Saturday, April 16, 2016

Hands in worship

"All you peoples, clap your hands; shout to God with joyful cries." -Psalm 47:1. Clapping of hands was used to worship God in the Old Testament -- and even today by non-Catholic Christians, the "born-again" and the Catholic charismatics. Doing so is fitting as it is biblical -- but the location where we do the clapping is a matter worth examining. The non-Catholic "born-again" Christian communities do hands-clapping during worship at "their" place of worship -- and it is all right! -- while the Catholic charismatics do it even during the conduct of the Holy Mass and in their assemblies within the Catholic churches where the Tabernacle of the Eucharistic Host is enshrined -- let us see if it is all right. The Old Testament is the announcement of the coming of Jesus-Messiah -- thus, prior to His Passion and Death on the Cross. The hands-clapping act as a form of worship to God is proper in the Old Testament because the Old Testament is prior to Jesus' Passion and Death on the Cross.

The praying hands are opposite to clapping hands.
Why is it appropriate, then, to clap hands in worship when the non-Catholic "born-again" Christians do it? Because they clap their hands at "their" place of worship and "their" place of worship is without the Tabernacle that enshrines the Eucharistic Host (the Real Presence of Jesus Christ that bore the marks of His Passion and Death on the Cross) that only the Catholic Church has been entrusted with by Jesus Christ Himself (remember transubstantiation: only Catholic priests can turn Bread and Wine into the Real Body and Blood of Jesus Christ). Therefore, the Catholics must not clap their hands before, during and after the Holy Mass is officiated within the Catholic churches simply because the Holy Mass is a remembrance of the Passion and Death of Our Lord Jesus Christ on the Cross and the Tabernacle that encloses the Eucharistic Host is always enshrined in the center of the Altars in all the Catholic churches of the world.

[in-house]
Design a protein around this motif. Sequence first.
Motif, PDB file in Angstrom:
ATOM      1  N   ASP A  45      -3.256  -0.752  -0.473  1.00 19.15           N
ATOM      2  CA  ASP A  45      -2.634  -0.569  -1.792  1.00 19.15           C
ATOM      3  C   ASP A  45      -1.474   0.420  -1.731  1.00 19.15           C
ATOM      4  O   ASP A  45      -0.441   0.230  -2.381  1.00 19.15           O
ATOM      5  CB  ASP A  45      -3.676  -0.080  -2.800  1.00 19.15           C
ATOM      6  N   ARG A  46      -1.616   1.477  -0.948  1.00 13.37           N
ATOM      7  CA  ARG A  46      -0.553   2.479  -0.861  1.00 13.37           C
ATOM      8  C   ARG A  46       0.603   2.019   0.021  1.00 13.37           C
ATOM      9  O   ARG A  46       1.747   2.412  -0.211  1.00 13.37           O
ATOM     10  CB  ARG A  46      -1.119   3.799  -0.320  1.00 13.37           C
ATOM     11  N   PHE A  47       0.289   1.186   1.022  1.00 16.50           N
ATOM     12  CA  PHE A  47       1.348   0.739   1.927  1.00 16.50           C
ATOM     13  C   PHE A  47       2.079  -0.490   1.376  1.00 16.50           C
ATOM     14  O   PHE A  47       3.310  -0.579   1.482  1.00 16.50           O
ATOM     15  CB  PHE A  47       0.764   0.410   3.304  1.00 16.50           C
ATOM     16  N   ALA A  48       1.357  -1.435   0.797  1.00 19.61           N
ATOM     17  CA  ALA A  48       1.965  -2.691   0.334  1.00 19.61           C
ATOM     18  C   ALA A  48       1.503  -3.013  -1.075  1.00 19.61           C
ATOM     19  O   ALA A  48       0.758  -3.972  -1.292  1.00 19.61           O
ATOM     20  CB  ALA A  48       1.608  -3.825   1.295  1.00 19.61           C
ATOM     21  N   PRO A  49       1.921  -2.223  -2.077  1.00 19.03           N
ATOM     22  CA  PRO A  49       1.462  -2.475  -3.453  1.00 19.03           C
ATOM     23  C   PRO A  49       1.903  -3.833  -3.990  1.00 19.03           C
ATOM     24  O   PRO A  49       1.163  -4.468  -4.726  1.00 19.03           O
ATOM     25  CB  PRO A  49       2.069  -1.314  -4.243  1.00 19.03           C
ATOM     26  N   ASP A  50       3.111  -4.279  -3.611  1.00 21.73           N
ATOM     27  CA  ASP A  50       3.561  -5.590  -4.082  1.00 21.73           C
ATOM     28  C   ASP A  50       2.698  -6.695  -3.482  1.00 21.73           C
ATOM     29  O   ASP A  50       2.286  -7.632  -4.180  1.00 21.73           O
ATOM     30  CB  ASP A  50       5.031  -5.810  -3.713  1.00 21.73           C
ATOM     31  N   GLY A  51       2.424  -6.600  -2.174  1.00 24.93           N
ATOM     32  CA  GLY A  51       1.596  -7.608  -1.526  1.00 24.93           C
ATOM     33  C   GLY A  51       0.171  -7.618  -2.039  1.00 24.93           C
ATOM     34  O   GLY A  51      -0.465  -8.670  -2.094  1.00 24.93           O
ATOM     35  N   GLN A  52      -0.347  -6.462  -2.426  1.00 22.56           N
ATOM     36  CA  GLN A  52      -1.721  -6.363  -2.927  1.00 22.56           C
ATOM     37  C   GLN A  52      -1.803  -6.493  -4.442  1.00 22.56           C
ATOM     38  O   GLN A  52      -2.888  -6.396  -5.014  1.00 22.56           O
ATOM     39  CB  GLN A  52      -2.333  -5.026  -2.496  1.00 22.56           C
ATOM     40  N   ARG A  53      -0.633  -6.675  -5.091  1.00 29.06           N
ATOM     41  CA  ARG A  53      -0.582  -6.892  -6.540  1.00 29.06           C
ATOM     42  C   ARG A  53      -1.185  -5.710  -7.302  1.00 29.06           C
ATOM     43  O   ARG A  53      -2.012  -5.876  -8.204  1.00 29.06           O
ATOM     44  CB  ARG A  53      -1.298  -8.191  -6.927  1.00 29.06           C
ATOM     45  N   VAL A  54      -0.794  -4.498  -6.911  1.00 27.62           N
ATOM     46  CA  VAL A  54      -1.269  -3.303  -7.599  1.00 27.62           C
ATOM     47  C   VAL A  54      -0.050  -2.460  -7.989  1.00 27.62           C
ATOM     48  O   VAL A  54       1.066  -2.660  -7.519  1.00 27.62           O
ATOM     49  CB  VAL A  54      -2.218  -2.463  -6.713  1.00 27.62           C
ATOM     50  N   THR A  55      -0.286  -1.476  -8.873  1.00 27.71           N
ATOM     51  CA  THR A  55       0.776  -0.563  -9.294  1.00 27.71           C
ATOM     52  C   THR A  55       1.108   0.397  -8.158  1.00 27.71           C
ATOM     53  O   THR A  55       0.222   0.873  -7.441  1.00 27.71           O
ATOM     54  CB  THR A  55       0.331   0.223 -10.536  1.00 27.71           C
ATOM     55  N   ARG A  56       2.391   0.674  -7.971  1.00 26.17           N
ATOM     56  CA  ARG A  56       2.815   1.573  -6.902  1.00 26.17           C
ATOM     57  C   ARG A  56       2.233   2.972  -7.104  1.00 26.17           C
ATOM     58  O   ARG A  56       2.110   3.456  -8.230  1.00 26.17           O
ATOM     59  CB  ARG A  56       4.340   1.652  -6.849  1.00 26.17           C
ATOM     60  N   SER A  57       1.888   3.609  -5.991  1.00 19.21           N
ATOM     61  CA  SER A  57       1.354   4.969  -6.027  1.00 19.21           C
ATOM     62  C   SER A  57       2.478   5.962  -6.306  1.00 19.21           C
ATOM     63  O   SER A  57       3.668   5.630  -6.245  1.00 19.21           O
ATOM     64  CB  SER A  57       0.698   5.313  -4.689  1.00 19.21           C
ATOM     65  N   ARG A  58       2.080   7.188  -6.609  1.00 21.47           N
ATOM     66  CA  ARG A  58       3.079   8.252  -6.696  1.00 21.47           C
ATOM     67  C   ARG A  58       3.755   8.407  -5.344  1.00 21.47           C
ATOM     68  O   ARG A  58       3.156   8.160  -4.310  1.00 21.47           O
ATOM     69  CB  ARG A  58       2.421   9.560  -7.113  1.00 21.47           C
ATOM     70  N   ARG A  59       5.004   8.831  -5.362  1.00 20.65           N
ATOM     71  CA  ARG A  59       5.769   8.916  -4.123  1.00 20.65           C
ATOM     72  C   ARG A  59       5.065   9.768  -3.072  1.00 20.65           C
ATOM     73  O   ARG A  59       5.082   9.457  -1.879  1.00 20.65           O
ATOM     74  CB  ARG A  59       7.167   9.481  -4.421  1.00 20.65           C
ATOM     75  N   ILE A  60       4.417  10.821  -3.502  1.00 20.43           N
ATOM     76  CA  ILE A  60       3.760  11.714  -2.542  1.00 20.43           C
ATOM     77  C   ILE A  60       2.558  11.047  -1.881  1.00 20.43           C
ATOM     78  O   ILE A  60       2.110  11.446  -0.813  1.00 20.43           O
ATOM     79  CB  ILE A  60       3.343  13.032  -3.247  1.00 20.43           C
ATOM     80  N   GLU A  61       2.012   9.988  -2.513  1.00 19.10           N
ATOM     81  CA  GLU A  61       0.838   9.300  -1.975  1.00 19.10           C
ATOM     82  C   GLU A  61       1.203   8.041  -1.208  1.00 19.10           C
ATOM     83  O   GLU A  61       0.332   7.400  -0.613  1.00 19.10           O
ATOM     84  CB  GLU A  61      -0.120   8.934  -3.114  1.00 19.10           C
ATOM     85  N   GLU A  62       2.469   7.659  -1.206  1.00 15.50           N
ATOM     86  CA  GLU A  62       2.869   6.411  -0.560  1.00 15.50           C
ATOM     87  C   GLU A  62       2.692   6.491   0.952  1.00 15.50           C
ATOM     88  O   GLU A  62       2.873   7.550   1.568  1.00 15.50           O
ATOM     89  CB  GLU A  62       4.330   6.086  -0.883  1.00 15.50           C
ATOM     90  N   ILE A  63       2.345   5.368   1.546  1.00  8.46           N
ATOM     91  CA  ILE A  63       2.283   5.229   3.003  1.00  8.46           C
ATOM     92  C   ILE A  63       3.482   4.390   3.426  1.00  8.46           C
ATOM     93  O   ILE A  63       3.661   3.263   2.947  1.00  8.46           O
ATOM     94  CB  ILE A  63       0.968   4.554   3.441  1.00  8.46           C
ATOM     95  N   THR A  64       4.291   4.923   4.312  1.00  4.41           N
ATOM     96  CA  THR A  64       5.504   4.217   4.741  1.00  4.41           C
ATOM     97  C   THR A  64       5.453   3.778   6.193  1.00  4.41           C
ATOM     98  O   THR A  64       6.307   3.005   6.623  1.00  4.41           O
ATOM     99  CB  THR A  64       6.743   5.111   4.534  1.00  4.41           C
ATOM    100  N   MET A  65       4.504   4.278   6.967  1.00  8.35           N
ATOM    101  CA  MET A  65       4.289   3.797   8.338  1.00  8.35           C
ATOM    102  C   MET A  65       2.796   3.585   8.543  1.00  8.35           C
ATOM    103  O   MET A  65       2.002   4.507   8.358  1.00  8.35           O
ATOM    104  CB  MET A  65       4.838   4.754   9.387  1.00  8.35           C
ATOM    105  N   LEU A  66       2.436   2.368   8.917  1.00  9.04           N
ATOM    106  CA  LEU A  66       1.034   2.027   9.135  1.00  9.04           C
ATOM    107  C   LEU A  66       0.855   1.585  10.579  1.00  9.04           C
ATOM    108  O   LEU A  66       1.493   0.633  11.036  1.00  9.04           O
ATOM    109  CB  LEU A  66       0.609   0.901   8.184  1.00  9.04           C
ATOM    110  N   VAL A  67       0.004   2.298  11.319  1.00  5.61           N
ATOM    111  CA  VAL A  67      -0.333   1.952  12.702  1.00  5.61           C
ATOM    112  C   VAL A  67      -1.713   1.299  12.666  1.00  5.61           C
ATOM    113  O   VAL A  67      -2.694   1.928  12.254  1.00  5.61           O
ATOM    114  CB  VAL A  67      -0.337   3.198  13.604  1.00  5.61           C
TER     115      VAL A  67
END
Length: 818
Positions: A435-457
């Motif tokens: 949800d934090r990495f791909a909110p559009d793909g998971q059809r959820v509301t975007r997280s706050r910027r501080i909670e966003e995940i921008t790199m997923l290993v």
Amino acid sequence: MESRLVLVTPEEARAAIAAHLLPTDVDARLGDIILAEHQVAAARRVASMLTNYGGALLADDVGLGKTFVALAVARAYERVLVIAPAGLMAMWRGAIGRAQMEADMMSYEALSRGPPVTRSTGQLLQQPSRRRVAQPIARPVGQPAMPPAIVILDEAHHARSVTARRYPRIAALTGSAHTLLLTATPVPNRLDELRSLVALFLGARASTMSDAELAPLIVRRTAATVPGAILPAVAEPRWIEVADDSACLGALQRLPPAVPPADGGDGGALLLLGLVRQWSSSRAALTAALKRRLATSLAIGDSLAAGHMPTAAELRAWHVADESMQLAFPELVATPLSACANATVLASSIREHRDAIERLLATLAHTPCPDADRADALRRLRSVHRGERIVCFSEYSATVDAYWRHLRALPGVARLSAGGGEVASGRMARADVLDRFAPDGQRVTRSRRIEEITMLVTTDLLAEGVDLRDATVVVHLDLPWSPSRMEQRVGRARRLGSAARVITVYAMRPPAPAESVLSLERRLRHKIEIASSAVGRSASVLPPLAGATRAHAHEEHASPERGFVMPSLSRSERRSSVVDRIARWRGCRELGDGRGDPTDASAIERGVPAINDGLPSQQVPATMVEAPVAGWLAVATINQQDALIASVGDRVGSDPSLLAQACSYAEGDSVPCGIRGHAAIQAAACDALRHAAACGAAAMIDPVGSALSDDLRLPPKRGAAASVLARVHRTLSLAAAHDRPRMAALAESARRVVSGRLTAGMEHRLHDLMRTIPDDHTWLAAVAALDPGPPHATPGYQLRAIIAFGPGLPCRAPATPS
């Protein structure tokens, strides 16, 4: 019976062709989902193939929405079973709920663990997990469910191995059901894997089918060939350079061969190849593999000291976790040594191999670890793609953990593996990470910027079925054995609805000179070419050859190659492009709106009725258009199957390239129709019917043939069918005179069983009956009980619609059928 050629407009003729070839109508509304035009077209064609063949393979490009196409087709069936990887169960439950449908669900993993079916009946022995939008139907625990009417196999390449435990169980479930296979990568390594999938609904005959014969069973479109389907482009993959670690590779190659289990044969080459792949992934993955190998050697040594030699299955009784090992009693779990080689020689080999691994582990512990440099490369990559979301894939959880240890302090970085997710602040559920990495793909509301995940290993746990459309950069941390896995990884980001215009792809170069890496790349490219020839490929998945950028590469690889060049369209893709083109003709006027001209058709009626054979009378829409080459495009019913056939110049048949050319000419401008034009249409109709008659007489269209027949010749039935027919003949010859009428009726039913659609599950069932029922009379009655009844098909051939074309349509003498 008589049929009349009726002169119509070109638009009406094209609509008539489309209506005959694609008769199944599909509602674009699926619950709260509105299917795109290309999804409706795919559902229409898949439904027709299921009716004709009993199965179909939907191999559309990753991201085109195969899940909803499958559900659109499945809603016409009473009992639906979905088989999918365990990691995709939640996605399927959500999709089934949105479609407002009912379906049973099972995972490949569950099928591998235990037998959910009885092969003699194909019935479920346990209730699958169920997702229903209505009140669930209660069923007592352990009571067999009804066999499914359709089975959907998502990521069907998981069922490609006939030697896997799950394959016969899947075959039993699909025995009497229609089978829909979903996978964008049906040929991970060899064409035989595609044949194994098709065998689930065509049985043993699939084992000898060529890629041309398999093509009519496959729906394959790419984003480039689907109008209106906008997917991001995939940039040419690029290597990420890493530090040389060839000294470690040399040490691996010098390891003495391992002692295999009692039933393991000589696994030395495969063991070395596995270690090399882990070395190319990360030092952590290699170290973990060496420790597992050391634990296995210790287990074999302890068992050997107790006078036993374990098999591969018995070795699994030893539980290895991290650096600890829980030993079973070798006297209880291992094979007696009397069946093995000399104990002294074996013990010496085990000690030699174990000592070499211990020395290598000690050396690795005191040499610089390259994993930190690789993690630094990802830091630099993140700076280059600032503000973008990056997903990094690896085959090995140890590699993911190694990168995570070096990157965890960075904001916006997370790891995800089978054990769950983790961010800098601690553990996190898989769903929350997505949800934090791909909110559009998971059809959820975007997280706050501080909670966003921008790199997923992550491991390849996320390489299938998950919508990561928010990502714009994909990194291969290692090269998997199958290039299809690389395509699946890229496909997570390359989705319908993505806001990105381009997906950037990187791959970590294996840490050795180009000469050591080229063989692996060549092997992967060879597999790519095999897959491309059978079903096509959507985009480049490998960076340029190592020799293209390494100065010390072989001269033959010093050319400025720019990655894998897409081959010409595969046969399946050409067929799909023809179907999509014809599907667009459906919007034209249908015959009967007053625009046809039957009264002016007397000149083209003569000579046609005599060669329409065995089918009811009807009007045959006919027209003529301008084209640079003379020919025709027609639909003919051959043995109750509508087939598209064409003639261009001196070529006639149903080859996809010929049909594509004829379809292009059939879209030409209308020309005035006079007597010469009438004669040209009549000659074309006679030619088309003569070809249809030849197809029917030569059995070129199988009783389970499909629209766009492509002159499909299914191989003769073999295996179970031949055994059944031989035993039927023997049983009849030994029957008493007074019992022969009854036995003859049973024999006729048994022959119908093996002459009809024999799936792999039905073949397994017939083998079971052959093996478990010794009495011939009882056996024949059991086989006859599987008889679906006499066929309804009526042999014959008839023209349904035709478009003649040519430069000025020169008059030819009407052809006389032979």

The praying hands of the Madonna.
What is rejoicing in front of a suffering man? Such is like a mockery to him. The same is true with the Lord when we clap our hands in front of His Eucharistic Presence and the Holy Eucharist. In Lamentations 2:15, clapping is not only used to worship God in the Old Testament but also to ridicule, to deride or to mock. Holy Mass is Holy Mass, it must be conducted with utmost solemnity, reverence and love -- as well as the Eucharistic Presence in the Tabernacle. Catholic charismatic communities must, therefore, withhold the practice of clapping every Holy Mass and hold charismatic activities outside the Catholic churches where we are free to clap our hands to worship God. Lastly, let me quote Ezekiel 21:22 where it is written, "Then I, too, shall clap my hands and spend my fury. I, the Lord, have spoken."

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